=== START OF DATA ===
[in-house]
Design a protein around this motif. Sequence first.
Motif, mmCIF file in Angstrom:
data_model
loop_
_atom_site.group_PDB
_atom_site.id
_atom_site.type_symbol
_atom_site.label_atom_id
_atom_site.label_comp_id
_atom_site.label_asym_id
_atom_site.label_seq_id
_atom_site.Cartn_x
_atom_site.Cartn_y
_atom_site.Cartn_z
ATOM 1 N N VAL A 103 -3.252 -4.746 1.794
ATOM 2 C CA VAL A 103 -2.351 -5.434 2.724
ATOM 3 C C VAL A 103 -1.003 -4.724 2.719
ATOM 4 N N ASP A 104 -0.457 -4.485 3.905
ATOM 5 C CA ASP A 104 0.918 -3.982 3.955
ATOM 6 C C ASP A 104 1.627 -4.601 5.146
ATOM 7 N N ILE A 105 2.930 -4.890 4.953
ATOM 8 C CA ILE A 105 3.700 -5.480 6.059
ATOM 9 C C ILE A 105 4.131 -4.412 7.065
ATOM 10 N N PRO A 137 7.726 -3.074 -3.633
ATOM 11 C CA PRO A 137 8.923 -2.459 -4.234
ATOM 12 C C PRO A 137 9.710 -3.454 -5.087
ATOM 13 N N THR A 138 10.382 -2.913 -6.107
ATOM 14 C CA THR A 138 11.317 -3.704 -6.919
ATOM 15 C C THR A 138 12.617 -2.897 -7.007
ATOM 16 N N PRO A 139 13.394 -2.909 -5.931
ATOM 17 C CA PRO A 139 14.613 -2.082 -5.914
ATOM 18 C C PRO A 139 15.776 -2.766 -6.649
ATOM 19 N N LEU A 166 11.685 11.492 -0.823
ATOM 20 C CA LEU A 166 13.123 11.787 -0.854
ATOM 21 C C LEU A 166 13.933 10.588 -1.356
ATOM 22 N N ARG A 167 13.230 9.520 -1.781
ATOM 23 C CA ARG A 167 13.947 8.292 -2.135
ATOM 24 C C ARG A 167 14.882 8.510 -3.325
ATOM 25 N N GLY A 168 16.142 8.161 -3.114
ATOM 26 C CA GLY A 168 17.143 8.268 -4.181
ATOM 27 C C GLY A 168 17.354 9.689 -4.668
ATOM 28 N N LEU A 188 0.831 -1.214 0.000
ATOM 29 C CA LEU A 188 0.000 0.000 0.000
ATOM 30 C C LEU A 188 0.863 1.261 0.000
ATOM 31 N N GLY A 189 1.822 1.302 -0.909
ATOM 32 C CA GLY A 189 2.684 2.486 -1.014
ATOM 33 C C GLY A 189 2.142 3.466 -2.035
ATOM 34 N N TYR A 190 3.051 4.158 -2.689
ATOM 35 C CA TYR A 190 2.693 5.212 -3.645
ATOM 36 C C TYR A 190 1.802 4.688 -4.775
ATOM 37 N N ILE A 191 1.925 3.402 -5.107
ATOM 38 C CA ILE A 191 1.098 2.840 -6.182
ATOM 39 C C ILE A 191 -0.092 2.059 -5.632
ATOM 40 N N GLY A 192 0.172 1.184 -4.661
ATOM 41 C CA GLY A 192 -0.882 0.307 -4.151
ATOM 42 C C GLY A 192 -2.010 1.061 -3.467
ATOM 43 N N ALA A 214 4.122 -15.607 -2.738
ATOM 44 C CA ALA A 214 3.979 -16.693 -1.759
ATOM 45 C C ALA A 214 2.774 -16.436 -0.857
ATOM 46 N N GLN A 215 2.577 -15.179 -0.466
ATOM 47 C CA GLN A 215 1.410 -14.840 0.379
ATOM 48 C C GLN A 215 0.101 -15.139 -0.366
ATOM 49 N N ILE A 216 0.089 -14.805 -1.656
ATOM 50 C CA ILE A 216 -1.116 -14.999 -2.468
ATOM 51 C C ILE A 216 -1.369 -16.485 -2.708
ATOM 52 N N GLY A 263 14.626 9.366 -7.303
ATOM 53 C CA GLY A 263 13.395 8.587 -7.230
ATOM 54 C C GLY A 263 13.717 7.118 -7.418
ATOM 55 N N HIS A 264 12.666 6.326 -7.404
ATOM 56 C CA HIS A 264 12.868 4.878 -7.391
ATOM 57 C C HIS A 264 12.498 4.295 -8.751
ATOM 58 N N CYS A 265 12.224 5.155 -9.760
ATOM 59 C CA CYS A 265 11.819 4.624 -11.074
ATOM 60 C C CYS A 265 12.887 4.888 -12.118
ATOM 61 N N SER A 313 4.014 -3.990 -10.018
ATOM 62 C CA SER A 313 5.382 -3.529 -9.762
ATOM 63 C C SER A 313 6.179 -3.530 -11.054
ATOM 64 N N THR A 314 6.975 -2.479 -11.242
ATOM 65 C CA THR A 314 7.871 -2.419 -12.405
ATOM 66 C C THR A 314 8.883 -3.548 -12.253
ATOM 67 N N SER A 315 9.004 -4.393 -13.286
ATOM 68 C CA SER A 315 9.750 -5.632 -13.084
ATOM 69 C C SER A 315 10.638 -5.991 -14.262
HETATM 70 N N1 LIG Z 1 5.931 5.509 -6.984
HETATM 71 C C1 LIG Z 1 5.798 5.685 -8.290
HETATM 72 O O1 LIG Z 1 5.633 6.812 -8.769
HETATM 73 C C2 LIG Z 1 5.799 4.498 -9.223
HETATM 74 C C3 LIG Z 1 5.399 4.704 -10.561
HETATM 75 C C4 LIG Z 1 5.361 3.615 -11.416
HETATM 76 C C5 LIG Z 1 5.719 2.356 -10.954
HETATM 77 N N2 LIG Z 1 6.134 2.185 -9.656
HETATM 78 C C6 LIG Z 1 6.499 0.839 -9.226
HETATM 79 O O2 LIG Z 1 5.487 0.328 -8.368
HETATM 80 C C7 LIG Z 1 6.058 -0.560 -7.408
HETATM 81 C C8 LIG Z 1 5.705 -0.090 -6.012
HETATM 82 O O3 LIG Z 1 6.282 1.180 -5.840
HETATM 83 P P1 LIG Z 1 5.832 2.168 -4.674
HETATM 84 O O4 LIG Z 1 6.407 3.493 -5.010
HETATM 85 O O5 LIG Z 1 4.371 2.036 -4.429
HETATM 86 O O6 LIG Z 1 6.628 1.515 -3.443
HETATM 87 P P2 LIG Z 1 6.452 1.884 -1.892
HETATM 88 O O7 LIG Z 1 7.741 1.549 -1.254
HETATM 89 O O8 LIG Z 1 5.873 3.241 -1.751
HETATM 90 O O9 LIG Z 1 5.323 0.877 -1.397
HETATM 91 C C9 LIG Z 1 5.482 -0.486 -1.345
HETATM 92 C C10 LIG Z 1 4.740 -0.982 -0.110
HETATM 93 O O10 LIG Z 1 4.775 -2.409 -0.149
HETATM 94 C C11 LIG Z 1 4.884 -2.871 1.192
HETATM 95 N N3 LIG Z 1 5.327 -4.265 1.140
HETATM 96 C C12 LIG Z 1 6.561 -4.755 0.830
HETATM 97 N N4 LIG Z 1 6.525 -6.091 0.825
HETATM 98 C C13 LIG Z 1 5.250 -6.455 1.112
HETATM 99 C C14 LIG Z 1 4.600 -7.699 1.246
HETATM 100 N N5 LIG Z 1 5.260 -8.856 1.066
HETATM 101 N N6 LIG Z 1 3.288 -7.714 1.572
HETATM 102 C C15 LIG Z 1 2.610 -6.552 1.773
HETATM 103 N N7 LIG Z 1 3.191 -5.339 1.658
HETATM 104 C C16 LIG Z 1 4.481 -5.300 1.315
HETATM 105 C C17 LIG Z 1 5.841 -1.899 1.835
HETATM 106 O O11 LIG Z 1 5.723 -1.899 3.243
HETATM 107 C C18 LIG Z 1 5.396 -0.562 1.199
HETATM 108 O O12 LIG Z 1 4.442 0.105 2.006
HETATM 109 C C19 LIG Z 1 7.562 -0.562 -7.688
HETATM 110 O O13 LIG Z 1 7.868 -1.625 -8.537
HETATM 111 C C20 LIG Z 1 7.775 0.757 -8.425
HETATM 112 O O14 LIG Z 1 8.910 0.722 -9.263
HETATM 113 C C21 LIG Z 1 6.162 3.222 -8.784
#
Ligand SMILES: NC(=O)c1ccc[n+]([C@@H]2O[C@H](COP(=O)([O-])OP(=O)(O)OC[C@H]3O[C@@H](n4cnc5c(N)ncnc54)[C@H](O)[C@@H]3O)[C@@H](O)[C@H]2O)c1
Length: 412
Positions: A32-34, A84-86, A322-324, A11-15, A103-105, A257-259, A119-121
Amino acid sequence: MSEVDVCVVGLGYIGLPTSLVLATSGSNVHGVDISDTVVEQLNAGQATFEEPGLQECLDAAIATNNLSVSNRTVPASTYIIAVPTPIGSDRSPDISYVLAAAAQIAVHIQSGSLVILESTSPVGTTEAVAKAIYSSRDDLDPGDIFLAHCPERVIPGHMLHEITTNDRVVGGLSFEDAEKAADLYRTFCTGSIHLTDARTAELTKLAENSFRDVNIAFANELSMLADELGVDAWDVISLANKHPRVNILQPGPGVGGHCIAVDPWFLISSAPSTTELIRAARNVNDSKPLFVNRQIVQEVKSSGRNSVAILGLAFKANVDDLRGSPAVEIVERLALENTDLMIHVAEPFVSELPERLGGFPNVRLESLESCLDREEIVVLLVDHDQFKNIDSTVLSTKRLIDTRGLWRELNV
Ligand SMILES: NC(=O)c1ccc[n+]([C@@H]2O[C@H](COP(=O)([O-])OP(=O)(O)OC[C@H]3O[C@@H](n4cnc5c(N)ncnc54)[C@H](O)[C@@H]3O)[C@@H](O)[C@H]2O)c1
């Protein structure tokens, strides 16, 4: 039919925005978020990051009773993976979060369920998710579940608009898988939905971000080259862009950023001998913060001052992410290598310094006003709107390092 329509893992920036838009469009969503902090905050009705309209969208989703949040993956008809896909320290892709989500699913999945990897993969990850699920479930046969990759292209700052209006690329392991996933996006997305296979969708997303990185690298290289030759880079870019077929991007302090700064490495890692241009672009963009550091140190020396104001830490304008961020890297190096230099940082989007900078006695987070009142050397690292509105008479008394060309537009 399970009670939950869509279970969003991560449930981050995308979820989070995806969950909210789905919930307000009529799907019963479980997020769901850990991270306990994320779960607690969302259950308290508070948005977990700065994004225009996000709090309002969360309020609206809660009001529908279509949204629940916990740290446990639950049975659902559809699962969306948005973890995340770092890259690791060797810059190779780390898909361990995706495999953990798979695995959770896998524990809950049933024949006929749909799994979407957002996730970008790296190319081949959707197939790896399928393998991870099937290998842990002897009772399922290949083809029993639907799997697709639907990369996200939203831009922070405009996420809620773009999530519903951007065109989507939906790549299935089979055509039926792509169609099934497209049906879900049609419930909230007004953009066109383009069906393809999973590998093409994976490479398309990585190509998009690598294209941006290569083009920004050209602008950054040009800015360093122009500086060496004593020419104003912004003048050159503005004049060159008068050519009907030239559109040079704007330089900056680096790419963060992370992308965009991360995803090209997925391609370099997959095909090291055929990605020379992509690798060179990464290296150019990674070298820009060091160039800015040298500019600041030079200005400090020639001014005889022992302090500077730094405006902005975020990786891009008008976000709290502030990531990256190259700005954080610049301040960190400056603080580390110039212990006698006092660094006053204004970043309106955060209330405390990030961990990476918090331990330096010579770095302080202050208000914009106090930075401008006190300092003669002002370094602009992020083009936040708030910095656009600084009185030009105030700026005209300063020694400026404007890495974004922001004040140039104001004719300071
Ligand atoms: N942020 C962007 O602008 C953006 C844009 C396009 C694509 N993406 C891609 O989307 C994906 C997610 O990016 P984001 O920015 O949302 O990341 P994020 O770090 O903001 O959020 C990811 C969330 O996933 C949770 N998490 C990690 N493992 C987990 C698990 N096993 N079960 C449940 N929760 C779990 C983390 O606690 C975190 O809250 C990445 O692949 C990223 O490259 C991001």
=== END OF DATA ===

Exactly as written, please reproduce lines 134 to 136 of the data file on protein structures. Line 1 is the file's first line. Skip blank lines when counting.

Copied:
Ligand SMILES: NC(=O)c1ccc[n+]([C@@H]2O[C@H](COP(=O)([O-])OP(=O)(O)OC[C@H]3O[C@@H](n4cnc5c(N)ncnc54)[C@H](O)[C@@H]3O)[C@@H](O)[C@H]2O)c1
């Protein structure tokens, strides 16, 4: 039919925005978020990051009773993976979060369920998710579940608009898988939905971000080259862009950023001998913060001052992410290598310094006003709107390092 329509893992920036838009469009969503902090905050009705309209969208989703949040993956008809896909320290892709989500699913999945990897993969990850699920479930046969990759292209700052209006690329392991996933996006997305296979969708997303990185690298290289030759880079870019077929991007302090700064490495890692241009672009963009550091140190020396104001830490304008961020890297190096230099940082989007900078006695987070009142050397690292509105008479008394060309537009 399970009670939950869509279970969003991560449930981050995308979820989070995806969950909210789905919930307000009529799907019963479980997020769901850990991270306990994320779960607690969302259950308290508070948005977990700065994004225009996000709090309002969360309020609206809660009001529908279509949204629940916990740290446990639950049975659902559809699962969306948005973890995340770092890259690791060797810059190779780390898909361990995706495999953990798979695995959770896998524990809950049933024949006929749909799994979407957002996730970008790296190319081949959707197939790896399928393998991870099937290998842990002897009772399922290949083809029993639907799997697709639907990369996200939203831009922070405009996420809620773009999530519903951007065109989507939906790549299935089979055509039926792509169609099934497209049906879900049609419930909230007004953009066109383009069906393809999973590998093409994976490479398309990585190509998009690598294209941006290569083009920004050209602008950054040009800015360093122009500086060496004593020419104003912004003048050159503005004049060159008068050519009907030239559109040079704007330089900056680096790419963060992370992308965009991360995803090209997925391609370099997959095909090291055929990605020379992509690798060179990464290296150019990674070298820009060091160039800015040298500019600041030079200005400090020639001014005889022992302090500077730094405006902005975020990786891009008008976000709290502030990531990256190259700005954080610049301040960190400056603080580390110039212990006698006092660094006053204004970043309106955060209330405390990030961990990476918090331990330096010579770095302080202050208000914009106090930075401008006190300092003669002002370094602009992020083009936040708030910095656009600084009185030009105030700026005209300063020694400026404007890495974004922001004040140039104001004719300071
Ligand atoms: N942020 C962007 O602008 C953006 C844009 C396009 C694509 N993406 C891609 O989307 C994906 C997610 O990016 P984001 O920015 O949302 O990341 P994020 O770090 O903001 O959020 C990811 C969330 O996933 C949770 N998490 C990690 N493992 C987990 C698990 N096993 N079960 C449940 N929760 C779990 C983390 O606690 C975190 O809250 C990445 O692949 C990223 O490259 C991001």